Gunnar De Winter is a biologist/philosopher hybrid who explores ideas through fictional fieldwork. Stories of these expeditions have appeared/will appear in, among others, Abyss & Apex, Amazing Stories, Daily Science Fiction, and various anthologies. Gunnar is featured in the House of Zolo’s Journal of Speculative Literature, V2 with “Spectrum” – a powerful short story about a Poetess Soldier whose words are weapons of war.

1. What interests and/or excites you about writing speculative fiction?
Wow, going in with the big question right at the start, huh? There are a few reasons that come to mind (which apply to reading speculative fiction as well). It allows me to explore ideas, no matter how wild they are, to ask the powerful ‘what if’ question and see where it leads me.

If, like me, you have an occasionally overactive imagination, your brain can become a frothy sea of ideas. Since I have zero skill in drawing or other visual arts, I use words to corral some of those ideas into a potential story.

Another reason is that, for me, reading/writing speculative fiction is a form of therapy. Without going into unnecessary detail: if I am not careful, my mind has a tendency to drift to unpleasant places. So it’s good to have other worlds I can nudge it towards.

2. In your story Spectrum, poets have become warriors and their words are weapons. Was there something that inspired this idea?
Most of my story ideas start with an image, or a brief snippet of dialogue or descriptive text, a spark of inspiration that grows up to become something more. In the case of Spectrum, the image of a woman who speaks in rainbow colours. I coupled that to a few articles on synesthesia in which people shared their experiences of ‘seeing sounds’.

Then I wondered: ‘What if this experience allowed people to instantiate the words they speak, to give the words a very real physical presence?’ As I said, what if questions are a great way to start thinking about a story.

3. Do you think it’s possible that one poem could change the world?
Yes. I think that society, culture, the course of history, whatever you want to call it, is an incredibly complex and context-dependent, ever-evolving tapestry. This suggests that small things, seemingly trivial nudges, can, over time, have large effects – think butterflies and tornadoes.

A poem, a letter, a song, sculpture, painting, movie, speech, an insult, or a kind word can all potentially cause ripples over time that can interfere with others and create momentum as they do so. Which is a very convoluted way to say that we, as humans, like tidy cause-effect relationships. In something as complex as society, history, and so on, it’s a bunch of causes and a bunch of effects, and a bunch of bunches is hard to untangle.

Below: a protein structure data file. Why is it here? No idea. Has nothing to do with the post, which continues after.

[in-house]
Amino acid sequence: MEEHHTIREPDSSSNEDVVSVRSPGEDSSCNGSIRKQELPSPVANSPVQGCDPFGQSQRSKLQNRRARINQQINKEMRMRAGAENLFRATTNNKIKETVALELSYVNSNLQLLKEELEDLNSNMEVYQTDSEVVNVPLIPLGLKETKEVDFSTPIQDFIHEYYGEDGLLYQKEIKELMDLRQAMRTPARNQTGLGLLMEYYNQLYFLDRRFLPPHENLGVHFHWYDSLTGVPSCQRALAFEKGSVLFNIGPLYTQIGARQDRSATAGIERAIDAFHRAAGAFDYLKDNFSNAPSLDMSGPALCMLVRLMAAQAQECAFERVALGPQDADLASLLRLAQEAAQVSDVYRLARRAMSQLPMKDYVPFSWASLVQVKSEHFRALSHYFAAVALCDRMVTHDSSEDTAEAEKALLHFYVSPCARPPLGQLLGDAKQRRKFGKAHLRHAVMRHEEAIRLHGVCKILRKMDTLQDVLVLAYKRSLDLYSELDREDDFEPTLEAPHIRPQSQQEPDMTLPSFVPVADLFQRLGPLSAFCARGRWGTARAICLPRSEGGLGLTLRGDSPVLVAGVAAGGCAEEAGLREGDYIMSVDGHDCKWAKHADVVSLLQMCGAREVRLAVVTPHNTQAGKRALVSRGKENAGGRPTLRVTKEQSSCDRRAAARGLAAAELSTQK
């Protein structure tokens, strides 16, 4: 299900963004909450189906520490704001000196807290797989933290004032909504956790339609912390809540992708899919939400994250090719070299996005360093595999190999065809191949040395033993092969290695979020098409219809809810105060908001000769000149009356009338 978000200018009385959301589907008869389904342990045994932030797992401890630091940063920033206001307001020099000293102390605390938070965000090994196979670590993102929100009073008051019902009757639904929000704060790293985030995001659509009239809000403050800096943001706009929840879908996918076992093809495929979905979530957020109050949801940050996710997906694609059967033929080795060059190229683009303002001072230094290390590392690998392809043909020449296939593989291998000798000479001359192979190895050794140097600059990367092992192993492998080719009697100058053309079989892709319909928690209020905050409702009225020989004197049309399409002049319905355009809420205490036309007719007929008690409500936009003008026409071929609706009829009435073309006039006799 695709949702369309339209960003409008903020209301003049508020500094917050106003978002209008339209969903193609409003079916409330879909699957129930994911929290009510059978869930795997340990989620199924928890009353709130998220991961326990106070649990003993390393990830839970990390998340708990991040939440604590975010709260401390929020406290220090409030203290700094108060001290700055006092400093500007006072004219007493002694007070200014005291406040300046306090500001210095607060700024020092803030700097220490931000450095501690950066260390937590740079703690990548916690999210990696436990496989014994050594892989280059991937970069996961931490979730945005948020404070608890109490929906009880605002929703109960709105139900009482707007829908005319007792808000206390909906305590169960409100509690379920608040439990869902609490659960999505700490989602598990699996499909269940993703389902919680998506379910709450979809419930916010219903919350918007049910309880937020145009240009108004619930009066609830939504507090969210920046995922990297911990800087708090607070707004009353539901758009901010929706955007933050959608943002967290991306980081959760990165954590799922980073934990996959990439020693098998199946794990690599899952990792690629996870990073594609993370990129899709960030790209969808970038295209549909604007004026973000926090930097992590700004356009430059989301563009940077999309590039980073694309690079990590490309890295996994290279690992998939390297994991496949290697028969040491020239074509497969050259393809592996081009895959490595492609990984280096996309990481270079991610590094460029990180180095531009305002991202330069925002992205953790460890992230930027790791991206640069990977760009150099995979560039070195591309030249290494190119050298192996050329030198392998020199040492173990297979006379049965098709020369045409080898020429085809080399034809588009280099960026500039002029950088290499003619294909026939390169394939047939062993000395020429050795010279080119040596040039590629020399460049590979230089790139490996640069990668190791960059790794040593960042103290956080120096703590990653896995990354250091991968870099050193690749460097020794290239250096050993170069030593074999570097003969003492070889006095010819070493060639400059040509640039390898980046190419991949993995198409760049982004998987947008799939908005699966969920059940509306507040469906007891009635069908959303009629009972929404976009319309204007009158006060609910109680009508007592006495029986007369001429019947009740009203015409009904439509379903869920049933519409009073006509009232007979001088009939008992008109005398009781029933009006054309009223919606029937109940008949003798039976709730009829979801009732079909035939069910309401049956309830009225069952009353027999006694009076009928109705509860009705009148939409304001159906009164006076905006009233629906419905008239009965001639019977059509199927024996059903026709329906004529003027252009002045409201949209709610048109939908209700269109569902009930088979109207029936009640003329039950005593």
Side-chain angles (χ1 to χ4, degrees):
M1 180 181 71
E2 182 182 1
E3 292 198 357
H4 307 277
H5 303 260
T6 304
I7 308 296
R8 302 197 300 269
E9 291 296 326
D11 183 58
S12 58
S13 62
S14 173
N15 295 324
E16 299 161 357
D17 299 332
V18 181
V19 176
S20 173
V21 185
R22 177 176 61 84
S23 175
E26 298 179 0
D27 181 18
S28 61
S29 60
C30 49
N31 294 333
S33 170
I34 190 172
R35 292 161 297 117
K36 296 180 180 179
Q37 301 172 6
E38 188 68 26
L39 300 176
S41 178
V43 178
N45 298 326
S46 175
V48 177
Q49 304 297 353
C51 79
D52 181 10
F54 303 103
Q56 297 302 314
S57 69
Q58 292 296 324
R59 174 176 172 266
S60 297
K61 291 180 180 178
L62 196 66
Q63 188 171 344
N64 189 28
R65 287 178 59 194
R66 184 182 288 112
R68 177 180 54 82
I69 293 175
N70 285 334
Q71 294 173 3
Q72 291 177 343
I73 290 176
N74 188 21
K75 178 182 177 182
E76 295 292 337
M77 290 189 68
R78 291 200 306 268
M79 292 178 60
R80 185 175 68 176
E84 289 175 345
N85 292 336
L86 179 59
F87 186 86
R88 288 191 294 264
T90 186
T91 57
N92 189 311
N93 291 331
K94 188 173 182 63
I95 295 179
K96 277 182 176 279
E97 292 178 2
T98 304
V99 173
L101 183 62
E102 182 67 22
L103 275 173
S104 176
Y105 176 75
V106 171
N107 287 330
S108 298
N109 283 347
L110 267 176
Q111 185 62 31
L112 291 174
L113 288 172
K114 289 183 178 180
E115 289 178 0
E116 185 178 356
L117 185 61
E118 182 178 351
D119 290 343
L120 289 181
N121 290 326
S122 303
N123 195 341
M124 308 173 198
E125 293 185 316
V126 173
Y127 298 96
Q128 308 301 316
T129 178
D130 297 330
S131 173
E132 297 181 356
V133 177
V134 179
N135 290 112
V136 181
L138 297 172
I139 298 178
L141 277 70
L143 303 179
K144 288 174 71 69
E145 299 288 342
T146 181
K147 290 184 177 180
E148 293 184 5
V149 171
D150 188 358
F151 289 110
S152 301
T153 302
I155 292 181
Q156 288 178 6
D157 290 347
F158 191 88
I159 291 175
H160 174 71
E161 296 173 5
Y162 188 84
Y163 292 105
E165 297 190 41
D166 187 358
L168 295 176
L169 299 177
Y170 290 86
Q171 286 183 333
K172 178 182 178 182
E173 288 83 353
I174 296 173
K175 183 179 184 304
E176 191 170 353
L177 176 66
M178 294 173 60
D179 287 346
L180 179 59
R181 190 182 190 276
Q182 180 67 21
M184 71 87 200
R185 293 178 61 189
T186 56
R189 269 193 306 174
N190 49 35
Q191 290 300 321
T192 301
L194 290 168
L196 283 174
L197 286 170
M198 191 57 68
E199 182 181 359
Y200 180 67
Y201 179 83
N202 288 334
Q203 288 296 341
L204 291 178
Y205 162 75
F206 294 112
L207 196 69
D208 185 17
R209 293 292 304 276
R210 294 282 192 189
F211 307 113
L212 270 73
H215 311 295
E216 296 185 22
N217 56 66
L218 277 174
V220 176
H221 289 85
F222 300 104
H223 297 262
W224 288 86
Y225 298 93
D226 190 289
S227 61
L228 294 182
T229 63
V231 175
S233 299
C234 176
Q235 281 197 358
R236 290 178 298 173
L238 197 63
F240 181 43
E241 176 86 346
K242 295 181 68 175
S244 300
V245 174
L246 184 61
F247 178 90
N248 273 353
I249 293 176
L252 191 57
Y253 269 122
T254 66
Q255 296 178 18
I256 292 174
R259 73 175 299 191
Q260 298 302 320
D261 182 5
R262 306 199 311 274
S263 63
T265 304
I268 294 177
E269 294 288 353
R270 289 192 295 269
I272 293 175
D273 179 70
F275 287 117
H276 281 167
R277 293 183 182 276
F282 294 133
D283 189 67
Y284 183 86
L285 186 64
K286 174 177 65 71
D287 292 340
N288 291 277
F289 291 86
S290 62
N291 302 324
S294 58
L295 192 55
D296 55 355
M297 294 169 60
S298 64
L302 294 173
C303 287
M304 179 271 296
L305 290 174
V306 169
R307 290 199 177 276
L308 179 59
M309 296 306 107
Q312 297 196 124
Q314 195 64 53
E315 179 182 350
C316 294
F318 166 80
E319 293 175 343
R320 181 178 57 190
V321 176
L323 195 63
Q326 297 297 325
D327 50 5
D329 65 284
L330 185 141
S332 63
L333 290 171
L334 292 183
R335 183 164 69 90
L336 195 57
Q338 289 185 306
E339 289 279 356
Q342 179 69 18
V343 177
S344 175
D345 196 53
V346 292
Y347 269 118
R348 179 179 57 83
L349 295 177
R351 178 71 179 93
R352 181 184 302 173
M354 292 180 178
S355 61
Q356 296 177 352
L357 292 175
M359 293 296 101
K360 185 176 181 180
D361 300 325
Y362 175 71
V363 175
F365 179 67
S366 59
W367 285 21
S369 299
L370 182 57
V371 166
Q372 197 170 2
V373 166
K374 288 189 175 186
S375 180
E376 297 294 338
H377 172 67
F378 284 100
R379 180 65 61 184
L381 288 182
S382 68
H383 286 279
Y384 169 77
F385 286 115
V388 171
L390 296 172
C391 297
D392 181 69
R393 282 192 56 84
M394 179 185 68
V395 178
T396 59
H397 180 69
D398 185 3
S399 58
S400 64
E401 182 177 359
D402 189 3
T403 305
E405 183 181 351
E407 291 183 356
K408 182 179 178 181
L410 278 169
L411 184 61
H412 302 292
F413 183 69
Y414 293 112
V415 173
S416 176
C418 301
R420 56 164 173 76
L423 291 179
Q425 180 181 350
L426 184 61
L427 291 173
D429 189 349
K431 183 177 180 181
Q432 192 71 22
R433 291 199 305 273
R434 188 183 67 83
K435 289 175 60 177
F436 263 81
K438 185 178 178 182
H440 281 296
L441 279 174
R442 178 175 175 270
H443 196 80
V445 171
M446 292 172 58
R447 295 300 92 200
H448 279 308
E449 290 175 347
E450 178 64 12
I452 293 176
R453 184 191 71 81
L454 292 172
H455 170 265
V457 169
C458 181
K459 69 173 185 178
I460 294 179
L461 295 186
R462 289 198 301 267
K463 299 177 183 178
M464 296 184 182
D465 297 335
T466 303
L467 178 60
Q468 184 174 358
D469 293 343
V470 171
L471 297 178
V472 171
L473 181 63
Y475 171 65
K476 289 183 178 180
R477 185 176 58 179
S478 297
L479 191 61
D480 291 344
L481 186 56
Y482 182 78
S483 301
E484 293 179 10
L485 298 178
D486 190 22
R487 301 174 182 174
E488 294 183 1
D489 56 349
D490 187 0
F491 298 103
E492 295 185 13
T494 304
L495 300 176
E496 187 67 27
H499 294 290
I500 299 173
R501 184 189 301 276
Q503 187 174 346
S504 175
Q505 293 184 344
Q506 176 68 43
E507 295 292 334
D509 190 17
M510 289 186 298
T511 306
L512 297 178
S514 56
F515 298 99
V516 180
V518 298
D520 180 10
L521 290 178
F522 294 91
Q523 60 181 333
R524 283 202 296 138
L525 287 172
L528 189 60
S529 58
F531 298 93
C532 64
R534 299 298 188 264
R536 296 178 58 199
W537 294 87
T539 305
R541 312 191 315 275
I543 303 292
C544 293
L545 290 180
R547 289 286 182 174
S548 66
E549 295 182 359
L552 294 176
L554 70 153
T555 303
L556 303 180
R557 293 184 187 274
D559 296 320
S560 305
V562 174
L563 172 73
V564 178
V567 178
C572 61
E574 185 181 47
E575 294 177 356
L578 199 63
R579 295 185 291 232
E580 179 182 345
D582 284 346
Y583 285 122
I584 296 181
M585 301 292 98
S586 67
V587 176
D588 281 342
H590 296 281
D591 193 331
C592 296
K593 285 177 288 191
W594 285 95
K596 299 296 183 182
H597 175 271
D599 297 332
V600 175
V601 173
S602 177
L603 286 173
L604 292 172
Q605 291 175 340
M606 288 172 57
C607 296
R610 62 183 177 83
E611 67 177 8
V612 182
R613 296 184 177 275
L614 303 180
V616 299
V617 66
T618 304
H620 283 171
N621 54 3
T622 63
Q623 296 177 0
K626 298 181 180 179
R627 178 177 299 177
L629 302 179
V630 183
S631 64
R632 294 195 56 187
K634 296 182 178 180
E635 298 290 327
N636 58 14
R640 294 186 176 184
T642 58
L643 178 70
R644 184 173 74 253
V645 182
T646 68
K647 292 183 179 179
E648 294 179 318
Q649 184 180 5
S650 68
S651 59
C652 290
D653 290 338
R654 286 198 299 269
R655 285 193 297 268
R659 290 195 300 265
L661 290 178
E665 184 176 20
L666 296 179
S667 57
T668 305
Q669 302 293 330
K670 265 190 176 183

Small things matter.

4. Has your writing practice or subject matter changed during the pandemic?
I don’t think so. Maybe when I look back later, I might see a change I’m not aware of right now.

What has changed is that I think I have a little more time to write. Of course, this can be because the situation makes me subconsciously set aside more time to write. I’m reading more as well, which is never a bad thing. The stream of books/stories/articles to read never runs dry.

5. What projects are you working on these days? 
At any given time, I have two or three short stories in various stages of development, and many nearly undecipherable Word documents or scribbled notes with ideas for the next batch. For most writers, ideas are never the problem. (A taste of my current madness, you ask? Gladly. Dinosaur tooth fairy? An HTTP error that deletes eternity? An iron lion that questions its own existence? Take your pick.)

I’m also working on a few longer-form things. More on that, hopefully, later. (Agents reading this: Hi, nice to meet you. Interested in weird science fantasy, broken characters, and snarky inner monologue? I might have something for you.)

My semi-writing-related website ( is long due an overhaul, but, for now, it’s a good place where people – if interested – can check out some of my stories.

Finally, I’m fairly active on Twitter (@evolveon). If you want story sneak peeks, glimpses of harmless madness, various science- and philosophy-related thoughts, come say hi.

Read Gunnar De Winter’s short story “Spectrum” in the House of Zolo’s Journal of Speculative Literature, Volume 2. Buy here:
Buy HOZ Journal V2 on (Book)    Buy HOZ Journal V2 on (Book)    Buy HOZ Journal V2 on (Kindle)    Buy HOZ Journal V2 on (Kindle)